• Ariel Zevon's dream takes root
     | August 17,2006
    Stefan Hard/Times Argus

    Ariel Zevon of Barre, founder of Local Agricultural Community Exchange, is joined by farmer Duffy Gardner at Gardner's New Moon Farm in Cabot. Gardner is one of about a dozen local farmers that Zevon has signed for her exchange, which will sell agricultural products at a storefront in Barre.

    BARRE – When Ariel Zevon moved to Barre three years ago, one of her goals for her family was to eat locally-grown foods. But as she found local foods for her family, she also found there were some greater issues surrounding local foods and her community.

    "I noticed a gap between consumer and local foods," said Zevon. "Even as someone who is willing to put time and effort into it, finding and connecting with local farmers is not easy. Nor is it easy for farmers to get their foods out there. I wanted to find a way to close that gap, I know a lot of people want to support local farmers' food, but don't know how or have the time."

    So Zevon, a stay-at-home mother of twin 3-year-old boys with very little business experience, set about starting her own business – a business that would tie together her passion for home-grown foods, local farmers and the local community.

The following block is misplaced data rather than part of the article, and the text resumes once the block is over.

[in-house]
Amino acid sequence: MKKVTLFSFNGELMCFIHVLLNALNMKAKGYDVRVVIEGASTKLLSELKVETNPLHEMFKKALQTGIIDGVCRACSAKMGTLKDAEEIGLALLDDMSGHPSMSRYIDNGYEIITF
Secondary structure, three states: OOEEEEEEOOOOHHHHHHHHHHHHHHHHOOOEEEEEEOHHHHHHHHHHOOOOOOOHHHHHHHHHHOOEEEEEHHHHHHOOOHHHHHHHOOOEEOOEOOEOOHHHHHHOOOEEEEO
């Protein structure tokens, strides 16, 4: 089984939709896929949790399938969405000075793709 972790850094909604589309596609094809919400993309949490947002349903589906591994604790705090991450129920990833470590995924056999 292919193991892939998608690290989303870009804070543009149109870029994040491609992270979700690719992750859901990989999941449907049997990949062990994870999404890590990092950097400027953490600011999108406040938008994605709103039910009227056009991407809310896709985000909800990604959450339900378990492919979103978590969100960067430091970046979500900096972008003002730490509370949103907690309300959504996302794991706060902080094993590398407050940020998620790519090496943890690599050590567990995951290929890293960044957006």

"I traveled around central Vermont and talked to anyone and everyone who has a connection to local agriculture, and the more people I talked to the more support I got, so the more interested I got and so I just ran with it," said Zevon. "It started as me just learning how to do a business plan, and it has just snowballed."

    That snowball has turned into a project incorporating many local farms and the whole community through a nonprofit organization called Local Agriculture Community Exchange (LACE). And when it's up and running, by next spring if all goes well, it will include a storefront in downtown Barre.

    "The goal of LACE is to create a link between community and farmers – so that the people of Barre know where their food is coming from, and local farmers know who is eating their produce," said Zevon.